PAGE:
Unlearning internalised racism is daily reality for many people growing up between two cultural identities and you’ve written about your own process of unlearning on This Side. Can you speak about your relationship to your Chinese identity? How has it changed over time?
I spent a long long time resenting that being Chinese was tied to my identity. I really had a hard time accepting that it was a part of who I am. A lot of my shame was tied directly to my family—here they were, dropping me off at a school with no other POC and they have the nerve to dress me in a neckerchief and feed me bean sprout sandwiches? They were the most tangible part of my identity, and the easiest to distance myself from as well.

When I was twenty-one, I travelled for a few months, and on this trip I made the decision to spend some time in China on my own, without my parents. I went and couch surfed in Shanghai, visited Xi’an with my eldest cousin (who I’d spent almost no time with up until then), and then hung out with the rest of my relatives in Wuhan (my parent’s hometown), Shenzhen and Hong Kong.

This trip was such a turning point for me. I learnt so much about my parents, about my family, about my culture and identity. There was so much for me to process, it was quite overwhelming at first. I discovered just how much my parents and family had sacrificed for me, and once I realised that, there was no turning back. I felt like such a brat when all of this came to light. I really hate the younger version of myself. I am forever indebted to my family.

Now that you live overseas apart from friends and family, how do you build home and community from far away? What are your rituals to make your space feel like yours? How do you like to explore and get to know a city?
Well, I actually just moved apartments in Berlin—we signed an unlimited contract, so this is my forever home in Berlin now (whatever ‘forever’ really is). My kind friend Maxine gifted me some cedar to cleanse the new apartment, which was something I hadn’t done before. But it was very meaningful and really felt like we were beginning a new chapter.

My partner and I live on the top floor on a main street in Kreuzberg, and when we look out our kitchen window we can see the U-Bahn going past. It’s feel foreign but very familiar all the same. My home is my safety. I can do and be whatever I want within these walls, and I love that.

Years ago, I was given a bunch of Japanese glamour magazines by a kind stranger on the internet. I had torn out one of the pages from these books, and this was the one thing I brought with me from Melbourne to decorate whatever new place I should end up in. It actually turns out it is from a photo book called ‘Water Fruit’. I love this shot so much. It just seems really honest and vulnerable. 

Since the move, I now live very close to where I work, just a ten-minute walk in fact, so I am trying my best to familiarise myself with this new neighbourhood. I love that I can wander down the street and find something entirely new. It’s a pretty busy neighbourhood, so I am discovering cute little shops and restaurants and bars all the time, without much effort. I feel so lucky to be in this area. And most of all, I am very much looking forward to the summer when the streets will fill out again, and the city comes alive once more. It’s been fascinating watching the city hibernate.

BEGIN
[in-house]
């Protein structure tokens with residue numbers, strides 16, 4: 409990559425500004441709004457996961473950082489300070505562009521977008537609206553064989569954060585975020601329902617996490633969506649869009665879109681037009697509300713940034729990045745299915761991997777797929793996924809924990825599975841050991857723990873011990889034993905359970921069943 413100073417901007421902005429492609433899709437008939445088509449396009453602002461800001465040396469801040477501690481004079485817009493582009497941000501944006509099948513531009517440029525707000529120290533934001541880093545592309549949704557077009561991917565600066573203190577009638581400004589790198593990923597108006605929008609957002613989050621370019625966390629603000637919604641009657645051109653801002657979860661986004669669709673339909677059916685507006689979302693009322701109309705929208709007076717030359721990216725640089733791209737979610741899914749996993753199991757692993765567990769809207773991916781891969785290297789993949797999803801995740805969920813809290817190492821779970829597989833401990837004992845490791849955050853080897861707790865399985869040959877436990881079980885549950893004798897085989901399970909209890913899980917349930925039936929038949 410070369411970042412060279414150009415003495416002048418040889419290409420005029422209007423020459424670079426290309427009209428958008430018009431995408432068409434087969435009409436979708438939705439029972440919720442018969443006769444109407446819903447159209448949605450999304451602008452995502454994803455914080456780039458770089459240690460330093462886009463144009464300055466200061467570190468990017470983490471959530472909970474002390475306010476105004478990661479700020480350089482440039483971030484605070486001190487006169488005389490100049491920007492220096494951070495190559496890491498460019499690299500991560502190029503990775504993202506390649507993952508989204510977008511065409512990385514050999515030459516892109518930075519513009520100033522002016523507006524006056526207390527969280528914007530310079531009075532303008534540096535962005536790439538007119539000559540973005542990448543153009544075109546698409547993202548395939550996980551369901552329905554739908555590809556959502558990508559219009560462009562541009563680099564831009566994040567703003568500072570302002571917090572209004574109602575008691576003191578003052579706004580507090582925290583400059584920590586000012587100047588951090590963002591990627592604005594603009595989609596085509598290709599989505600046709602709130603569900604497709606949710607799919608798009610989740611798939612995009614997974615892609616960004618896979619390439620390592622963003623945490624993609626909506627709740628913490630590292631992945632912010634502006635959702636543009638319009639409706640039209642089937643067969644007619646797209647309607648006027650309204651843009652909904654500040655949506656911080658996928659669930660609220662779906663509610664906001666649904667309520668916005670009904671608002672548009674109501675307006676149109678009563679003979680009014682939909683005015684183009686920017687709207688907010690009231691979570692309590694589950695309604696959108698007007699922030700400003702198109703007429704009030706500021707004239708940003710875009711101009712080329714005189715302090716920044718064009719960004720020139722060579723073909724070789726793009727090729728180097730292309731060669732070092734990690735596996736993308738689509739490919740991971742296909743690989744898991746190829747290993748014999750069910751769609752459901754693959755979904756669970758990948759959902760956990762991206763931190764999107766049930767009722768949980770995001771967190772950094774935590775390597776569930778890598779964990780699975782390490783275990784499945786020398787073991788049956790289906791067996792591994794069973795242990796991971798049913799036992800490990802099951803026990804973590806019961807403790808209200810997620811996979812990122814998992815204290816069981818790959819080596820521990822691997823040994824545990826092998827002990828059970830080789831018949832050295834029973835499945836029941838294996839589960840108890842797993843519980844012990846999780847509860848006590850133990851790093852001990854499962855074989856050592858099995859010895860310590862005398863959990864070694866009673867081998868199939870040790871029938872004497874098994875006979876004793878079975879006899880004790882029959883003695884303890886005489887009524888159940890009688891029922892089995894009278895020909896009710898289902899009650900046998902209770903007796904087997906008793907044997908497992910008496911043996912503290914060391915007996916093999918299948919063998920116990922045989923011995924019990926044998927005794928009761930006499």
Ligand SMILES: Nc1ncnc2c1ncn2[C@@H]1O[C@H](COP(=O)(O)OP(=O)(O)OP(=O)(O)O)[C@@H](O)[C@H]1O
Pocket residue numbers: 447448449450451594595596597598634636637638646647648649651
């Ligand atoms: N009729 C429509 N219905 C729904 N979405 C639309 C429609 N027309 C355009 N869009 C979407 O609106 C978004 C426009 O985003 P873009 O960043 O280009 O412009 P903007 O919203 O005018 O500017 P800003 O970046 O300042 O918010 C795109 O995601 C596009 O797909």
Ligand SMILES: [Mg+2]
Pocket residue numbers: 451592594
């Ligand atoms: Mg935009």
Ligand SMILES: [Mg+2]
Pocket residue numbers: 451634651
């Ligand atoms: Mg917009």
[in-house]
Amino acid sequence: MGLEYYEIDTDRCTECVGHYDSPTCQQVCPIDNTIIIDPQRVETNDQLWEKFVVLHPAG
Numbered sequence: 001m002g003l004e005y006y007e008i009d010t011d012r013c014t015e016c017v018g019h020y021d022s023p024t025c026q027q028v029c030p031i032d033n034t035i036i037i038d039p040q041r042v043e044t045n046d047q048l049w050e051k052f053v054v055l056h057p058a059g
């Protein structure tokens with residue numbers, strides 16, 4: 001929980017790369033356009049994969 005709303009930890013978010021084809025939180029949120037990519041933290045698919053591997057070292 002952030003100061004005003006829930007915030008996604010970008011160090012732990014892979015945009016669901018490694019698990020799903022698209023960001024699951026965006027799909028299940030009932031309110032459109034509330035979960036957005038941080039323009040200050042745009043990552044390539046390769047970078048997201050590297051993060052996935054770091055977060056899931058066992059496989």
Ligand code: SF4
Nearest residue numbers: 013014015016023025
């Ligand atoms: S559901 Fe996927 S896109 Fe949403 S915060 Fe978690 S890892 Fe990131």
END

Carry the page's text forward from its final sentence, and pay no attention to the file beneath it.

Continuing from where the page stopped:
I wanted This Side to be an email newsletter because I think there is something so exciting about receiving an email that you actually want to read.

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Do you have any advice for young people interested in getting started in a creative industry?
I wouldn’t be where I am now if I hadn’t just asked. It was very scary putting myself out there, and I never felt very legitimate in what I did, but it never hurts to ask. No one is going to frown at you for asking. Ask to help out, ask to create something for someone, ask to collaborate, ask to learn more!

Who are you inspired by? 

A couple of women for bucking the trend of always having to being the stereotypical studious type—Alice Gao and Margaret Zhang—what incredible, smart, beautiful women that represent Asian women at their very best within creative industries.

As my work slowly diverges from the fashion industry, I am also super inspired by Nicole He and all the cool things she does on the internet. She is pretty wonderful (and she is really into weightlifting which I just love. Mental and physical power, wow!),  and makes me want to lean into my digital interests more. Oh and Yaeji! Damn. Yaeji girl, how! Watching her play at Panorama Bar was one of the best things that happened to me last summer. (Being mistaken for her three times in the club afterwards, was not one of the best things: seriously—I look nothing like her.)

What are you currently listening to?
Well, as mentioned above, Yaeji, but also I recently went to a performance by the Andromeda Mega Express Orchestra in Neukölln that I really enjoyed so I have been listening to their compositions a little bit. Steam Down, this really cool collective from South-East London that a couple of friends and I saw back in October, were just in Berlin as part of their first European tour, which was amazing.

At work, when I need to concentrate and drown out the noise, I plug in my headphones and listen to one of two things (don’t laugh)— either the album A New Day Has Come by Celine Dion, or a mix on Soundcloud, most recently, this one from Move D at Lost Village festival. 

What are you currently reading?
I finished reading Pachinko recently which tore my heart to shreds. Since then, I haven’t had much luck finding a book that I have loved as much. After that, I started three or four books, just to put them down again. So now I am reading Crazy Rich Asians, which is satisfying in the same way the ice-cream you weren’t mean to eat is.

How do you practice self-care?
Unfollowing mediocre white people on social media and replacing them with beautiful WOC. It works every time.

What does being Asian-Australian mean to you?
I’m still working it out, to be honest. But on some level, it definitely means being honest to yourself about who you are and who you’ll become.

It was very scary putting myself out there, and I never felt very legitimate in what I did, but it never hurts to ask.

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Find out more

catherinehuang.net

Interview by Amie Mai
Photographs by Leah Jing

2, InterviewLeah McIntosh